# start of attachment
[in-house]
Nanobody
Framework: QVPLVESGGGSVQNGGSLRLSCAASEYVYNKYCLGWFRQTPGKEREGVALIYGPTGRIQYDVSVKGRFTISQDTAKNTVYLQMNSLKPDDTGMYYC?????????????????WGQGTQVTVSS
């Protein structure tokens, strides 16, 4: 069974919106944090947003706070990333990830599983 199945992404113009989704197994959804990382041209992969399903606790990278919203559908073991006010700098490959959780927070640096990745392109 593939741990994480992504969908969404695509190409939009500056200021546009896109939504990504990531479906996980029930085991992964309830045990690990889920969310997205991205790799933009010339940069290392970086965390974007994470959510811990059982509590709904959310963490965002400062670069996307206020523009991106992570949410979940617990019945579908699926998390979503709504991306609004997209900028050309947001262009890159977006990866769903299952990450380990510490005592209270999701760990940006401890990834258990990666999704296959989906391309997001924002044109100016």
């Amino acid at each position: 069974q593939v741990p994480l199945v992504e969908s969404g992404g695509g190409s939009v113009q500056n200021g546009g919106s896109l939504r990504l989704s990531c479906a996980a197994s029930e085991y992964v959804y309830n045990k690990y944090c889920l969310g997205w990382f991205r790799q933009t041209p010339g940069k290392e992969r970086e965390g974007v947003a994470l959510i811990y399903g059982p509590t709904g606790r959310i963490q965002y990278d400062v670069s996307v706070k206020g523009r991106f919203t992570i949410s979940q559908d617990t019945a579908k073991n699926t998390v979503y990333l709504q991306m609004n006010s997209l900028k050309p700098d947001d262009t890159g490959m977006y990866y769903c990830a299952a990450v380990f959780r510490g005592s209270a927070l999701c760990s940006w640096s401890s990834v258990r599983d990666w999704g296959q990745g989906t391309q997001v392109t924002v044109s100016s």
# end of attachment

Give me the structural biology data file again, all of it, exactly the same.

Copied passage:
[in-house]
Nanobody
Framework: QVPLVESGGGSVQNGGSLRLSCAASEYVYNKYCLGWFRQTPGKEREGVALIYGPTGRIQYDVSVKGRFTISQDTAKNTVYLQMNSLKPDDTGMYYC?????????????????WGQGTQVTVSS
């Protein structure tokens, strides 16, 4: 069974919106944090947003706070990333990830599983 199945992404113009989704197994959804990382041209992969399903606790990278919203559908073991006010700098490959959780927070640096990745392109 593939741990994480992504969908969404695509190409939009500056200021546009896109939504990504990531479906996980029930085991992964309830045990690990889920969310997205991205790799933009010339940069290392970086965390974007994470959510811990059982509590709904959310963490965002400062670069996307206020523009991106992570949410979940617990019945579908699926998390979503709504991306609004997209900028050309947001262009890159977006990866769903299952990450380990510490005592209270999701760990940006401890990834258990990666999704296959989906391309997001924002044109100016």
């Amino acid at each position: 069974q593939v741990p994480l199945v992504e969908s969404g992404g695509g190409s939009v113009q500056n200021g546009g919106s896109l939504r990504l989704s990531c479906a996980a197994s029930e085991y992964v959804y309830n045990k690990y944090c889920l969310g997205w990382f991205r790799q933009t041209p010339g940069k290392e992969r970086e965390g974007v947003a994470l959510i811990y399903g059982p509590t709904g606790r959310i963490q965002y990278d400062v670069s996307v706070k206020g523009r991106f919203t992570i949410s979940q559908d617990t019945a579908k073991n699926t998390v979503y990333l709504q991306m609004n006010s997209l900028k050309p700098d947001d262009t890159g490959m977006y990866y769903c990830a299952a990450v380990f959780r510490g005592s209270a927070l999701c760990s940006w640096s401890s990834v258990r599983d990666w999704g296959q990745g989906t391309q997001v392109t924002v044109s100016s």